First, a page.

I promise the following melodramatic story is going to go somewhere, so please just bear with me.
A few months ago, I broke my finger pushing my boyfriend on some swings. As well as being incredibly embarrassing to explain to everybody, it also meant I couldn’t play any music for six weeks. SIX. WEEKS. Music has always been my favourite way to express myself and to just generally deal with whatever is going on in my life, but suddenly I couldn’t play my piano, guitar or clarinet and to be honest I felt a bit lost without them. Was I just going to spend the next month-and-a-bit permanently stressed and emotionally stunted? How else was I going to annoy my parents? Would I remember how to play ANYTHING?
Thankfully, I still had one thing to help me through this dark, almost music-less time in my life. I could still sing. I could still belt out Disney songs and Musical soundtracks in the shower and in my car. And this realisation that singing would always be there for me sparked a long train of thought, which eventually led to this slightly convoluted blog post. (A post that I’m hoping, as are you probably, is going to get to the point very soon.)
Whilst at university, I was lucky enough to be able to work with a couple of children’s choirs. I’ve always loved singing with others, and being able to share this with kids and young people was a privilege. One of the main things I noticed, and which always brought a smile to my face, was the unashamed joy with which they sang. There was no self-consciousness or self-doubt, they just sang their hearts out and the feeling was infectious. I even saw this carefree singing when I worked in nurseries with two and three-year-olds. I remember one particular moment when a little boy suddenly started belting out Jingle Bells in mid-July, and then a group of about five other kids all joined in and I was subjected to a spontaneous carol concert.
But for a lot of people, there seems to be a point as we age that this kind of singing stops. We get too concerned with how it sounds, whether we’re any good, whether people will laugh at us if they hear our singing voice. I’m not saying we should all start singing Christmas songs in public places in the middle of summer, but it’s disheartening that, as adults, so many of us are missing out on one of life’s simple pleasures. The kind of high you get from singing to yourself in the car, or shower, or into a hairbrush in front of the mirror, is multiplied ten thousand times when you get to share it with a group of people.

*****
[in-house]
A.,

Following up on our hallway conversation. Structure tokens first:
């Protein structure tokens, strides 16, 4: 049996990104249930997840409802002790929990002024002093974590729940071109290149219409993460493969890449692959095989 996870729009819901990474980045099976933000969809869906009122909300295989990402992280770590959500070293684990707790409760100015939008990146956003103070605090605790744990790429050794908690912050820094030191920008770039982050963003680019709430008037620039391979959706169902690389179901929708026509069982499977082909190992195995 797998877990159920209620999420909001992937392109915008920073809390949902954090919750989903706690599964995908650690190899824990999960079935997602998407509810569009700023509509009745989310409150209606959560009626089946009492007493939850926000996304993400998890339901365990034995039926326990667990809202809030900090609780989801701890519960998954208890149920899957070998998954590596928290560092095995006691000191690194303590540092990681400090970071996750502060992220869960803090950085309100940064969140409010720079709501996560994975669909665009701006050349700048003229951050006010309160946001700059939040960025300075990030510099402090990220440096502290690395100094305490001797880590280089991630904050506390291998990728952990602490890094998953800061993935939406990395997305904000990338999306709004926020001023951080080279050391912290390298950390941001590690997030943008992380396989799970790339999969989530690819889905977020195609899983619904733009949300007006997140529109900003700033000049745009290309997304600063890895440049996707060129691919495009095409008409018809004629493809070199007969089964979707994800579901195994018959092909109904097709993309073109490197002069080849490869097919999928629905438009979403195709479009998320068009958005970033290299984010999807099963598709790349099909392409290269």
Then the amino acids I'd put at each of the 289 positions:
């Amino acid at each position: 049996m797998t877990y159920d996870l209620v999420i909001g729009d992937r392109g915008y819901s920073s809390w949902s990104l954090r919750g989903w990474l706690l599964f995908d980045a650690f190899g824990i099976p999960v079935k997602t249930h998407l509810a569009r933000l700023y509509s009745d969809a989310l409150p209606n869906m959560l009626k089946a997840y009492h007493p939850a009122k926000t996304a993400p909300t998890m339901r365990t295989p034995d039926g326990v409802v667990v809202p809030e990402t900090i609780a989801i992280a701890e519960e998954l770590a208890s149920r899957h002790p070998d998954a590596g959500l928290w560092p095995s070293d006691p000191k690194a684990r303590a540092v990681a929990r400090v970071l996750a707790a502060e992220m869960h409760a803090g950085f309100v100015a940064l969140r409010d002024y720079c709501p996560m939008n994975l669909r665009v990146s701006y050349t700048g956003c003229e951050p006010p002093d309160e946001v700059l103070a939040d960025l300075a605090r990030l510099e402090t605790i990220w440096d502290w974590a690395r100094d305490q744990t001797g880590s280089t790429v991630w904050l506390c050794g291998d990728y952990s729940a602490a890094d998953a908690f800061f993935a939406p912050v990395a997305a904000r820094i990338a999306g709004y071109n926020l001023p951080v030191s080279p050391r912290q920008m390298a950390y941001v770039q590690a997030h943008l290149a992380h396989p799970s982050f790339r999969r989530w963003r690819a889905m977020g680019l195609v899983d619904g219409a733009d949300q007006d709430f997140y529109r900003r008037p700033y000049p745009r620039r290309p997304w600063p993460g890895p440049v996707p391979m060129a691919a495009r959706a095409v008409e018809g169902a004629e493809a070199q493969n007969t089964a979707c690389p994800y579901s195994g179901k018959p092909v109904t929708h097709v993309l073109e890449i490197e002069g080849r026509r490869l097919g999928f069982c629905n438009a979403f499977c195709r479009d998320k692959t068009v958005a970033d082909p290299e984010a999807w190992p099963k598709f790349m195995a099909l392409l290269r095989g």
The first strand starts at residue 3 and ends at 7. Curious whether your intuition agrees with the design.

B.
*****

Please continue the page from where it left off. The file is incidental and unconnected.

Yes, this probably sounds a little bit cheesy, but the feeling I got from singing in a huge choir whilst at university was the highlight of my week, every week, for three years. For those two and a half hours, all of the stress and worries I had about my degree, and student life generally, disappeared and I went home feeling happy, empowered and supported by a wonderful group of people. The fact that all these students from different courses and backgrounds, some trained singers but most not, could come together every week and create such brilliant music was magical to me. And it’s something I believe everybody should experience.
No one should be held back because they think they ‘can’t sing’. Everybody can sing. Every person with a voice can make music with it. But for some reason, making music often isn’t seen as important anymore. (But that’s a whole separate issue of music being squeezed out of education which makes me SO ANGRY but I won’t go into that now. Breathe.) We’re all supposed to get our daily dose of exercise to maintain our physical health, but what about our mental health? Where’s the government recommendations on how to maintain that? You only have to do a quick search on google to discover that the benefits of singing in a choir are astonishing. (Links to some articles I used for research are at the end of this post.)
There’s a reason why singing along to songs in a car with your friends leaves you with such a good feeling. Singing with others leads to a decrease in stress, depression and anxiety. It reduces the stress hormone cortisol, and causes the body to release endorphins, ‘feelgood’ chemicals associated with pleasure, which is a similar rush to when we laugh or eat chocolate. We also release the hormone oxytocin, sometimes called the ‘love’ hormone, which is often released when we hug, and enhances trust and bonding with our fellow singers.
It’s also been found that when we sing in groups, our heartbeats and breathing synchronise, which leads to lower blood pressure along with increased levels of oxygen in the blood and better circulation. Choral singers also have an increase in antibodies to fight illness, better posture and stronger respiratory muscles. Yes, many group activities can lead to a sense of bonding and togetherness. But I firmly believe there is something unique about singing together. Something special about synchronised moving and breathing and coming together to create a piece of music, to create something bigger than yourself.
OK, that got a bit cheesy again, I apologise. But seriously. Go and sing. Find a choir, join the chorus of a local musical, set up your own group, or just be like the three-year-old I worked with and start an impromptu carol concert in a restaurant with your friends.
Sing your heart out and be happy.
There, I got to the point eventually.
TTFN, tata for now